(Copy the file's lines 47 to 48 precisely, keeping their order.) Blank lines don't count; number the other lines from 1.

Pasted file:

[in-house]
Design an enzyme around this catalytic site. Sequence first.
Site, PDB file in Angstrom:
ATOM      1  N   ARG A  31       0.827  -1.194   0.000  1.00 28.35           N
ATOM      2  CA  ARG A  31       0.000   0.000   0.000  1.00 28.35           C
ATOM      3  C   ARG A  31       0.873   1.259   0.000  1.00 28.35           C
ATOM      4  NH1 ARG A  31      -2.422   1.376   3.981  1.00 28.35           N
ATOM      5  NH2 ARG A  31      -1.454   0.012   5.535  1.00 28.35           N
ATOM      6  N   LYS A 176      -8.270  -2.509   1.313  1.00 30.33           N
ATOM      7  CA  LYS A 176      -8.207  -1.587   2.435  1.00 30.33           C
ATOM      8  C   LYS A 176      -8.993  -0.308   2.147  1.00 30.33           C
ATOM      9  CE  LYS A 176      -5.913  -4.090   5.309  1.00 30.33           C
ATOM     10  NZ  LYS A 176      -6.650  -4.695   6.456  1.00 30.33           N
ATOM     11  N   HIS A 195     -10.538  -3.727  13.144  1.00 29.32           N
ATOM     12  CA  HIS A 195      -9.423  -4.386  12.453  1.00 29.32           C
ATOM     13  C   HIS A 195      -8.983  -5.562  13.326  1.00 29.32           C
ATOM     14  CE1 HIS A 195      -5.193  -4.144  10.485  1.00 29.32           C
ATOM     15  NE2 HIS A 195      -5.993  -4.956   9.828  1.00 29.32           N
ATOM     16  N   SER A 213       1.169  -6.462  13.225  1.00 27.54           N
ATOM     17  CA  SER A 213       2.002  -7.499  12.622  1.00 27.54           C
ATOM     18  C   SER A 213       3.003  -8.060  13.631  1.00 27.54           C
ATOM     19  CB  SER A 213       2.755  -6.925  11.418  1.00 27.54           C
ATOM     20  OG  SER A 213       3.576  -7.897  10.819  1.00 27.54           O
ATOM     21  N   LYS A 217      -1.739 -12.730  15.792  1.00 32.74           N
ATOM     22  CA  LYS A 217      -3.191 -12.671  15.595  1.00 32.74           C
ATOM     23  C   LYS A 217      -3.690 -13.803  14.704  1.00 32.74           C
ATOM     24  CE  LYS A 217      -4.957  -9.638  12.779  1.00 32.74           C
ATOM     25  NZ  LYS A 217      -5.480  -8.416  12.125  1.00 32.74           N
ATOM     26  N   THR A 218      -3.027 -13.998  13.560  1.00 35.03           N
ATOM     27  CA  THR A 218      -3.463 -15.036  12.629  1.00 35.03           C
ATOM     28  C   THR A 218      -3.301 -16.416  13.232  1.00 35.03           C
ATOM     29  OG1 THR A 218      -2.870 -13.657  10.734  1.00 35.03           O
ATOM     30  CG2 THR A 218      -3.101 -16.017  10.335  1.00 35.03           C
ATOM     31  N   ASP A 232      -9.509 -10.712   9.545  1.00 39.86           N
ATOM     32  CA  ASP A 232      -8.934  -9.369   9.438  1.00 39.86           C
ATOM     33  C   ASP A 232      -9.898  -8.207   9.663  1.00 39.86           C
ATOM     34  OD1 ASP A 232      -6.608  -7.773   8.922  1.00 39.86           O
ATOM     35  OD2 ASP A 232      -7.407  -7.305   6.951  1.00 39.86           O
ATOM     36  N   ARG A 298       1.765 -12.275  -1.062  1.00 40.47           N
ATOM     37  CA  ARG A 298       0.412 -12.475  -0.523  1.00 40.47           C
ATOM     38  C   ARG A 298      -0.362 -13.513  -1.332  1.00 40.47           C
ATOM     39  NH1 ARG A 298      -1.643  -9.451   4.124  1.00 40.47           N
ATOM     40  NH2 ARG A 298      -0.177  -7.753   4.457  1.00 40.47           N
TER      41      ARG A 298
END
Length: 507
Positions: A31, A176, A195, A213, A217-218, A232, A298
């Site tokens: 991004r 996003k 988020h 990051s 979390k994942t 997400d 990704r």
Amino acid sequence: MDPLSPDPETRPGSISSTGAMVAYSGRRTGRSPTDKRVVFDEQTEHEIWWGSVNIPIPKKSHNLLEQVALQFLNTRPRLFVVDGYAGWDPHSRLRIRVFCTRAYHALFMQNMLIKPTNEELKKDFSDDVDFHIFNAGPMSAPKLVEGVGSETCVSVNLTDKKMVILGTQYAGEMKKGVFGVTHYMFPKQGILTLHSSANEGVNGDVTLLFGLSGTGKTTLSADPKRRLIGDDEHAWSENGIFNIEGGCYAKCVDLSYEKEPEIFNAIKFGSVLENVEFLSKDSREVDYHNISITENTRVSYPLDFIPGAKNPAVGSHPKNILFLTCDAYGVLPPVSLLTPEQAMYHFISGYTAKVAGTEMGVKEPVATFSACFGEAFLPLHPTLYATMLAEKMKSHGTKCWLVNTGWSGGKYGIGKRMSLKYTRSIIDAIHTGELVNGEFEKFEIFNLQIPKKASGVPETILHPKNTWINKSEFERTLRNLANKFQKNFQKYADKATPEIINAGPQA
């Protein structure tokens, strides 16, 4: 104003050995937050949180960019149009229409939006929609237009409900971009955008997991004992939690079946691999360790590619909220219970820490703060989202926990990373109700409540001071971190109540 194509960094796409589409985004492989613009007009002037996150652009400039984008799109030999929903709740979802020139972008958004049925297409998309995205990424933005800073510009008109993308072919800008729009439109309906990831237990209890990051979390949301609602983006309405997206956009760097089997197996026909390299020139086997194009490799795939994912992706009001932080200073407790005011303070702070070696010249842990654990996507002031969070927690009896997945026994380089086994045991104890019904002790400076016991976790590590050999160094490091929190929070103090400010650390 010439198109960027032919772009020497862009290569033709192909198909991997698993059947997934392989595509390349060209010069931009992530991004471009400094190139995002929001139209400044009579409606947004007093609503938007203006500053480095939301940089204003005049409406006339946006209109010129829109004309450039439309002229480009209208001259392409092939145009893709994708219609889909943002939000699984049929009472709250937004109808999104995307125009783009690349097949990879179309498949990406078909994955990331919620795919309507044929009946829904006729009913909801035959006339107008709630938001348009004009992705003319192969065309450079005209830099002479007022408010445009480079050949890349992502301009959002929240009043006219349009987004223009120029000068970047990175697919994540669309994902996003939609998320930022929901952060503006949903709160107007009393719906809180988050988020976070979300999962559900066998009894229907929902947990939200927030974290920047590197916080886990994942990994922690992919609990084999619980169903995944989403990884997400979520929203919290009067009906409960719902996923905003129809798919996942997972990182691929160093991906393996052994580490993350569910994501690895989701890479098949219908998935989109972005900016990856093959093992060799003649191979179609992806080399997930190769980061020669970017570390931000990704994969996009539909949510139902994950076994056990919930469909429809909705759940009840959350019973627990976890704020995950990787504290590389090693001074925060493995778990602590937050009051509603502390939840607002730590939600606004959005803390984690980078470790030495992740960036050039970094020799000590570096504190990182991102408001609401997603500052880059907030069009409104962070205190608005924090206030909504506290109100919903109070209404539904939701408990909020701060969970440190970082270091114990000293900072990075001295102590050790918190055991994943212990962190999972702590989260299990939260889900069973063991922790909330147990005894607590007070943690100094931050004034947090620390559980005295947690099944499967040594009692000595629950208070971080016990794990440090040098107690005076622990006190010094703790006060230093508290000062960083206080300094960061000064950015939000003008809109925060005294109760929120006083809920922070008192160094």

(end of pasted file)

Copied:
Positions: A31, A176, A195, A213, A217-218, A232, A298
């Site tokens: 991004r 996003k 988020h 990051s 979390k994942t 997400d 990704r």